Molly’s music is a reflection of these ingredients of the human spirit and this
album provides a perfect snapshot in which to relate.

What other artists & writers have to say about Molly...

"ive always prefered to listen to molly's records more than anybody else's in our little nervous wreck family.
they just have this witchy mysterious vibe to them that sounds so great when im cooking outside.
and with this batch of songs i really think molly has taken her art even further and opened her heart even wider.
you know its not easy to be a woman in this town or my band.
male songwriters think we know everything, i remember a particular night backstage listening to a male songwriter
giving molly a bunch of advice he probably shouldve been asking her for.....
she listened politely of course , and then she went out and let her music do the talking.
the guy had to follow her and it wasnt pretty.
with this album i feel like once again molly is proving that she lets her music do the talking.
good luck following this one fellas." ~ Todd Snider

“Molly Thomas is unfiltered ‘south.’ She is the feel and the sound of the southern United States. In an America where food chains,
homogenized broadcasting and department stores oppress the uniqueness of any time and place, Molly manages to sound untouched
and singular in her expression. She's vulnerable and stubborn while she honors the themes of loneliness, literature and that ethereal
humidity that comes with the southern perspective.” ~ Matthew Ryan
 "...She’s also a roots-pop singer-songwriter with a strong point-of-view and a way of expressing it that leaves the sharp edges on, often to exhilarating result. There are moments on her new album — Make Everything Bright, which she co-produced with Robert Plant drummer Marco Giovino — when she comes off like a southern Sam Phillips..." read more
~ Julie Hight - The Nashville Scene Critics Picks

"...As a writer, Thomas isn’t about dressing her messages up; she’s about carving down to the essence of the matter at hand...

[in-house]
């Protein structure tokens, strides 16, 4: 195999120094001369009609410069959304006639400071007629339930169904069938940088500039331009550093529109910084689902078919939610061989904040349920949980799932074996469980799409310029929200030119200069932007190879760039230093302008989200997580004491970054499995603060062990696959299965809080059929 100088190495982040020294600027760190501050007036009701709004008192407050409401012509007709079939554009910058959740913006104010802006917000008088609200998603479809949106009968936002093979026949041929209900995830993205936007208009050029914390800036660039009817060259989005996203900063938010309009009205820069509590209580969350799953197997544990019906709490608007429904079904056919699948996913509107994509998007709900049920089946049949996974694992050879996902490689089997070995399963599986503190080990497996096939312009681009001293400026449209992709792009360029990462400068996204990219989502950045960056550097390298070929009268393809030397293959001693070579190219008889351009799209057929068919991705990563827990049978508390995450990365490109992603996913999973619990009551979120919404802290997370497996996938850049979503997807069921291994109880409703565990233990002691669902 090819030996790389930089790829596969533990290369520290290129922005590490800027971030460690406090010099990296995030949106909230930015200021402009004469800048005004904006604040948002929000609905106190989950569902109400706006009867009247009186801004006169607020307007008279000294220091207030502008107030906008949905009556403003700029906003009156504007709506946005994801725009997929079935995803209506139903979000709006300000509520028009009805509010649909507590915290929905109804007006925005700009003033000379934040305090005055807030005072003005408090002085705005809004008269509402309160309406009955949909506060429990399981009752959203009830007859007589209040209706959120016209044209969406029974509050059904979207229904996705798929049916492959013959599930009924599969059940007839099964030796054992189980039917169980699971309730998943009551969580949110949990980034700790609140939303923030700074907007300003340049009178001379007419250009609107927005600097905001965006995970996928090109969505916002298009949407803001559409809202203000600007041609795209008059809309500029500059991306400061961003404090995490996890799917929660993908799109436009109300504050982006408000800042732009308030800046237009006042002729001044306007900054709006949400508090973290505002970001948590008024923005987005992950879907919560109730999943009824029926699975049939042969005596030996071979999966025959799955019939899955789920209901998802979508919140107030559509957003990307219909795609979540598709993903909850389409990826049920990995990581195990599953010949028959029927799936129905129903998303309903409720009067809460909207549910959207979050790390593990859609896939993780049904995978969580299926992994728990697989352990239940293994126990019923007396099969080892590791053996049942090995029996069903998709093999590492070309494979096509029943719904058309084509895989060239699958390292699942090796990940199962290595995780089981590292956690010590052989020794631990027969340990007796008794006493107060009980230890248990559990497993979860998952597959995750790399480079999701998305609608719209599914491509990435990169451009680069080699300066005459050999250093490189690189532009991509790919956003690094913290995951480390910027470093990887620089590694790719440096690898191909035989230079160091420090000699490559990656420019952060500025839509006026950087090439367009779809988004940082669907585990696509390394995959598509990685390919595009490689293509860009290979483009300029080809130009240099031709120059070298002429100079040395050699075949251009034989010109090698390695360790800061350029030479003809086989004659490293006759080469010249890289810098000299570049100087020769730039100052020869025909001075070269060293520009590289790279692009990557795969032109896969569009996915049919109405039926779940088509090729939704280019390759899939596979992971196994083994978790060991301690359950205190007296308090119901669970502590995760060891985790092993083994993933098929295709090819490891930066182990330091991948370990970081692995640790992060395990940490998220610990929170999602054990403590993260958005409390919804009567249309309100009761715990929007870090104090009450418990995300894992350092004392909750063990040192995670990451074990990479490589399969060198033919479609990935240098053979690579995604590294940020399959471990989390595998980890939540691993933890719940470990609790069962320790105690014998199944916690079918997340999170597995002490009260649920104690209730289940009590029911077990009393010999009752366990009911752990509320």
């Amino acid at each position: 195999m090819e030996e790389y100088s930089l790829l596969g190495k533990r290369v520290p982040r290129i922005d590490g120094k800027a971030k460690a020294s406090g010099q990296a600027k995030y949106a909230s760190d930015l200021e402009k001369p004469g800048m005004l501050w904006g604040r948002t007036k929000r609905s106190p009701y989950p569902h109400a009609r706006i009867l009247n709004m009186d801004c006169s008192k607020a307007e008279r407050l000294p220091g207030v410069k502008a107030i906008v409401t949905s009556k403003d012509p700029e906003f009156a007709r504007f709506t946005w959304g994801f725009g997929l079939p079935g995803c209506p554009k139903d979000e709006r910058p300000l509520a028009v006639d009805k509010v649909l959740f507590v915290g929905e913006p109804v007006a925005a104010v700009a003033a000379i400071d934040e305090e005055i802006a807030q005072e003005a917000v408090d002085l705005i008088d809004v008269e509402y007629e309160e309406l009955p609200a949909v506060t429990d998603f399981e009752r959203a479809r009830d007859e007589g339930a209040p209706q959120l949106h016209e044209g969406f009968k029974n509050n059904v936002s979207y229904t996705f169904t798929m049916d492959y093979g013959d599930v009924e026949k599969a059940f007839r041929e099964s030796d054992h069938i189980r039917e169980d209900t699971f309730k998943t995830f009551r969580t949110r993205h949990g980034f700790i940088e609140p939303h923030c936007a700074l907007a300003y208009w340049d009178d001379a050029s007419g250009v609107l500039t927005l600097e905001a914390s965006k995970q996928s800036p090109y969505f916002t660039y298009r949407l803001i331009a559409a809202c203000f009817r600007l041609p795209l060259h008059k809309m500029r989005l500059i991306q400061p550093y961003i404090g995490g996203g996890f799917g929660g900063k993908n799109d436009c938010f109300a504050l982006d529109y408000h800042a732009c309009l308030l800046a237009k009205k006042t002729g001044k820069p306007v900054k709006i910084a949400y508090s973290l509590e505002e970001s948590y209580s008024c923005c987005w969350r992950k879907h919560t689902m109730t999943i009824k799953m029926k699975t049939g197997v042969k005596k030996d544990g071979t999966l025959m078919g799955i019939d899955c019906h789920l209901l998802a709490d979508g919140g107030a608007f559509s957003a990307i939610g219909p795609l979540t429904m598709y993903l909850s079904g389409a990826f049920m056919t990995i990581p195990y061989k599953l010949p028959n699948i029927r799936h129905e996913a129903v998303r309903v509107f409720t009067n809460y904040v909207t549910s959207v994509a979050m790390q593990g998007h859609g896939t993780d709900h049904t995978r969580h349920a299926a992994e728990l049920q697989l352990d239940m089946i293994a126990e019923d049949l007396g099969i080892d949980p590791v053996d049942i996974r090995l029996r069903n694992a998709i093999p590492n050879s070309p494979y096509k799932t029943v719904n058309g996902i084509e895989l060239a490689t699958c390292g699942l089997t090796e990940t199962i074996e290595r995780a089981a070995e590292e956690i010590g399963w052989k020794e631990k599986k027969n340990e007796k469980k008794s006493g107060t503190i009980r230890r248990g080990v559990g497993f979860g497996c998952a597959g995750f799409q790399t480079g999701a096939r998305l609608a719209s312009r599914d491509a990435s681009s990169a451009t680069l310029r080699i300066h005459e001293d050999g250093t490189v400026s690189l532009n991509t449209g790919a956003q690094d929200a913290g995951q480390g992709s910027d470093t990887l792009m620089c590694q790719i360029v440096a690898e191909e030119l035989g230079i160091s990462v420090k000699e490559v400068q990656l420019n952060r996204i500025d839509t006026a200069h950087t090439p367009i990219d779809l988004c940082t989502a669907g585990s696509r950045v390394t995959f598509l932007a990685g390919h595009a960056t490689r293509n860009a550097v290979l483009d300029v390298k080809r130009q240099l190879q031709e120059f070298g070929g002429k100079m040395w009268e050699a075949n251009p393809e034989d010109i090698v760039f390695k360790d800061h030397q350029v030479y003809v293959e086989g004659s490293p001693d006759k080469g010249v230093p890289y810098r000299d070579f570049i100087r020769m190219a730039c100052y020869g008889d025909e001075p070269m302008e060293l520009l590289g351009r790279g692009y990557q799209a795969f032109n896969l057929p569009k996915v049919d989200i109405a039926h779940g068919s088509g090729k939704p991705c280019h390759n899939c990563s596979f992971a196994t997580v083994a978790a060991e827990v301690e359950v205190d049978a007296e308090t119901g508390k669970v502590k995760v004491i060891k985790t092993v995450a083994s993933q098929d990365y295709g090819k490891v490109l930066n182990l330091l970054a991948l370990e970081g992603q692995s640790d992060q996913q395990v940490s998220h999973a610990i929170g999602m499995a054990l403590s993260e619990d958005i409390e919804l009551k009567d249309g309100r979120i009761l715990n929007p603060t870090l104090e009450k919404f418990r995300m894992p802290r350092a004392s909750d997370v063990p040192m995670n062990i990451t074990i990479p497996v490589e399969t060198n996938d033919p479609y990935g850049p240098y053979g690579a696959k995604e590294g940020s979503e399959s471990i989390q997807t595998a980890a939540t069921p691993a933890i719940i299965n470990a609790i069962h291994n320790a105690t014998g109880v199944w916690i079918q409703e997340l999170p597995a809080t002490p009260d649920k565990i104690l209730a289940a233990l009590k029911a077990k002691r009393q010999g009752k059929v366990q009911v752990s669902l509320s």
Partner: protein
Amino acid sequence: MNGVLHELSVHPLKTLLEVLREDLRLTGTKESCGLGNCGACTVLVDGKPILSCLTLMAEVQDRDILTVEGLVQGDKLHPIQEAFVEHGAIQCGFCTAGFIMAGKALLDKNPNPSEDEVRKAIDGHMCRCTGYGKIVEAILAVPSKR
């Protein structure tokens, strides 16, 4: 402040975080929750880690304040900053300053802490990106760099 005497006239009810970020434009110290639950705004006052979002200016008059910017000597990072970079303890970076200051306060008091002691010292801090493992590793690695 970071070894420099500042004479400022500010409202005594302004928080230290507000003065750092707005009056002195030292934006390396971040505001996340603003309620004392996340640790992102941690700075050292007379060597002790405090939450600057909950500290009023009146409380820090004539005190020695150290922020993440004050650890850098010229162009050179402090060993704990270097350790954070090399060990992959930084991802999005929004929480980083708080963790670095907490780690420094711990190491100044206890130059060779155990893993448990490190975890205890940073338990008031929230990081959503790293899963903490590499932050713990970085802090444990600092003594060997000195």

...Thomas seems to approach writing more like a poet than a songwriter, and when she’s used enough words to get the point across, she’s done..." read more
~ Lawrence Specker - The Mobile Register

..."has carved her niche in the hyper-competitive Nashville, Tenn., music scene through talent, hard work and sheer determination..." read more
~ David Tisdale - The Hattiesburg American
“Molly Thomas is no little lady, bemoaning her trials and tribulations at the hands of the wrong kind of man. There's a streak of defiance a mile wide in her voice and, as a writer, she kicks where it hurts and with unerring accuracy.”
Michael Mee - The Hawick News/
"The album has a slightly gauzy sound, but it's not the production haze often used to cover up the limitations of weak vocalists. It's more the throwback resonance of projects like last year's Jack White-Loretta Lynn album."Lawrence Specker - Mobile Register
"Thomas was most effective, raising her voice in hymn-like fashion to stun the audience into reverential silence as songs from her "Shoot the Sky" recording trippingly bounced around the interior walls of the historic building. A seemingly natural musician, Thomas, who began playing violin at age 6, can switch from piano to guitar to violin, writing and producing her compositions into a galvanizing form."
Bill Whiting - Honest Tune Magazine